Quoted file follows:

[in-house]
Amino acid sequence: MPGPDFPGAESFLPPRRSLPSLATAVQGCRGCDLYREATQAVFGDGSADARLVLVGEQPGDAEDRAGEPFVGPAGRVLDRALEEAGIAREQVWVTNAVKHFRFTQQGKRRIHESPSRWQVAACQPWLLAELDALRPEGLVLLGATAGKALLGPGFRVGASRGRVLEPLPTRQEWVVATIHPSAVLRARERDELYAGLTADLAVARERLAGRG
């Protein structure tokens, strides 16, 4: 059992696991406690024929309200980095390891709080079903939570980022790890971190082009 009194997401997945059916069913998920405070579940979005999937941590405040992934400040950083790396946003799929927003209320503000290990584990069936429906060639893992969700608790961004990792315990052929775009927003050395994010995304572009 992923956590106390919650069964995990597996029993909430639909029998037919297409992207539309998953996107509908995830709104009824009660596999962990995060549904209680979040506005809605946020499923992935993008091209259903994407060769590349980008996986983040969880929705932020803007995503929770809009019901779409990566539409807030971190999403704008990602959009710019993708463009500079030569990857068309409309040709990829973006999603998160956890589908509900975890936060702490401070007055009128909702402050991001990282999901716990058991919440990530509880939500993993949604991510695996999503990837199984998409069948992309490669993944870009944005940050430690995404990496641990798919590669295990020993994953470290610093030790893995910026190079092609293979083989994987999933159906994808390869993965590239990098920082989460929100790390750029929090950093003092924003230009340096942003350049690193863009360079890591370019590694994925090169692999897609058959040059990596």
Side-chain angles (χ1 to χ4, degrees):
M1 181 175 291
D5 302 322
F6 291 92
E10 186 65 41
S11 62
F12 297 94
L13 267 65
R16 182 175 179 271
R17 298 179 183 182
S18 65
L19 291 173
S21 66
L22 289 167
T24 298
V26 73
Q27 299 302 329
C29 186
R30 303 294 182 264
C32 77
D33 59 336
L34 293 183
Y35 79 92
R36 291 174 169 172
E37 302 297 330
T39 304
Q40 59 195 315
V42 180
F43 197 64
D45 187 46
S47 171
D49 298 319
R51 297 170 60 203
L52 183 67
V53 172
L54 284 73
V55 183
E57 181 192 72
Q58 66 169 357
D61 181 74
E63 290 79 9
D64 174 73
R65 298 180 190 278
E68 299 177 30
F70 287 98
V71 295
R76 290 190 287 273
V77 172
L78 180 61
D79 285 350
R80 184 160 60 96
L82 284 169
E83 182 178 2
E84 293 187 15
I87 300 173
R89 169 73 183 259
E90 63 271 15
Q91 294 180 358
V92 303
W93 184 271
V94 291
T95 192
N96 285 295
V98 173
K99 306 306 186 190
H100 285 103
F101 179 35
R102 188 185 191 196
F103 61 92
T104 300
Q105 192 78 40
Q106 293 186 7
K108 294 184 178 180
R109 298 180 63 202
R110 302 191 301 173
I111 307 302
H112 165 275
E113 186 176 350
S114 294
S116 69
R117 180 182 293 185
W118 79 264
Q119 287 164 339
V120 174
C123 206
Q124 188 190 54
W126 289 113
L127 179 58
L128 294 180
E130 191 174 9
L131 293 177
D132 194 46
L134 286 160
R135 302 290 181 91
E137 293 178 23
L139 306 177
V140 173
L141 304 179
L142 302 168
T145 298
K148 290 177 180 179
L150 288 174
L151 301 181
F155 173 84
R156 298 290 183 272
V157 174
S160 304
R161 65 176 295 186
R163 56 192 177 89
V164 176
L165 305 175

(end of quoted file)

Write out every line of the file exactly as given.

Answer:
[in-house]
Amino acid sequence: MPGPDFPGAESFLPPRRSLPSLATAVQGCRGCDLYREATQAVFGDGSADARLVLVGEQPGDAEDRAGEPFVGPAGRVLDRALEEAGIAREQVWVTNAVKHFRFTQQGKRRIHESPSRWQVAACQPWLLAELDALRPEGLVLLGATAGKALLGPGFRVGASRGRVLEPLPTRQEWVVATIHPSAVLRARERDELYAGLTADLAVARERLAGRG
């Protein structure tokens, strides 16, 4: 059992696991406690024929309200980095390891709080079903939570980022790890971190082009 009194997401997945059916069913998920405070579940979005999937941590405040992934400040950083790396946003799929927003209320503000290990584990069936429906060639893992969700608790961004990792315990052929775009927003050395994010995304572009 992923956590106390919650069964995990597996029993909430639909029998037919297409992207539309998953996107509908995830709104009824009660596999962990995060549904209680979040506005809605946020499923992935993008091209259903994407060769590349980008996986983040969880929705932020803007995503929770809009019901779409990566539409807030971190999403704008990602959009710019993708463009500079030569990857068309409309040709990829973006999603998160956890589908509900975890936060702490401070007055009128909702402050991001990282999901716990058991919440990530509880939500993993949604991510695996999503990837199984998409069948992309490669993944870009944005940050430690995404990496641990798919590669295990020993994953470290610093030790893995910026190079092609293979083989994987999933159906994808390869993965590239990098920082989460929100790390750029929090950093003092924003230009340096942003350049690193863009360079890591370019590694994925090169692999897609058959040059990596």
Side-chain angles (χ1 to χ4, degrees):
M1 181 175 291
D5 302 322
F6 291 92
E10 186 65 41
S11 62
F12 297 94
L13 267 65
R16 182 175 179 271
R17 298 179 183 182
S18 65
L19 291 173
S21 66
L22 289 167
T24 298
V26 73
Q27 299 302 329
C29 186
R30 303 294 182 264
C32 77
D33 59 336
L34 293 183
Y35 79 92
R36 291 174 169 172
E37 302 297 330
T39 304
Q40 59 195 315
V42 180
F43 197 64
D45 187 46
S47 171
D49 298 319
R51 297 170 60 203
L52 183 67
V53 172
L54 284 73
V55 183
E57 181 192 72
Q58 66 169 357
D61 181 74
E63 290 79 9
D64 174 73
R65 298 180 190 278
E68 299 177 30
F70 287 98
V71 295
R76 290 190 287 273
V77 172
L78 180 61
D79 285 350
R80 184 160 60 96
L82 284 169
E83 182 178 2
E84 293 187 15
I87 300 173
R89 169 73 183 259
E90 63 271 15
Q91 294 180 358
V92 303
W93 184 271
V94 291
T95 192
N96 285 295
V98 173
K99 306 306 186 190
H100 285 103
F101 179 35
R102 188 185 191 196
F103 61 92
T104 300
Q105 192 78 40
Q106 293 186 7
K108 294 184 178 180
R109 298 180 63 202
R110 302 191 301 173
I111 307 302
H112 165 275
E113 186 176 350
S114 294
S116 69
R117 180 182 293 185
W118 79 264
Q119 287 164 339
V120 174
C123 206
Q124 188 190 54
W126 289 113
L127 179 58
L128 294 180
E130 191 174 9
L131 293 177
D132 194 46
L134 286 160
R135 302 290 181 91
E137 293 178 23
L139 306 177
V140 173
L141 304 179
L142 302 168
T145 298
K148 290 177 180 179
L150 288 174
L151 301 181
F155 173 84
R156 298 290 183 272
V157 174
S160 304
R161 65 176 295 186
R163 56 192 177 89
V164 176
L165 305 175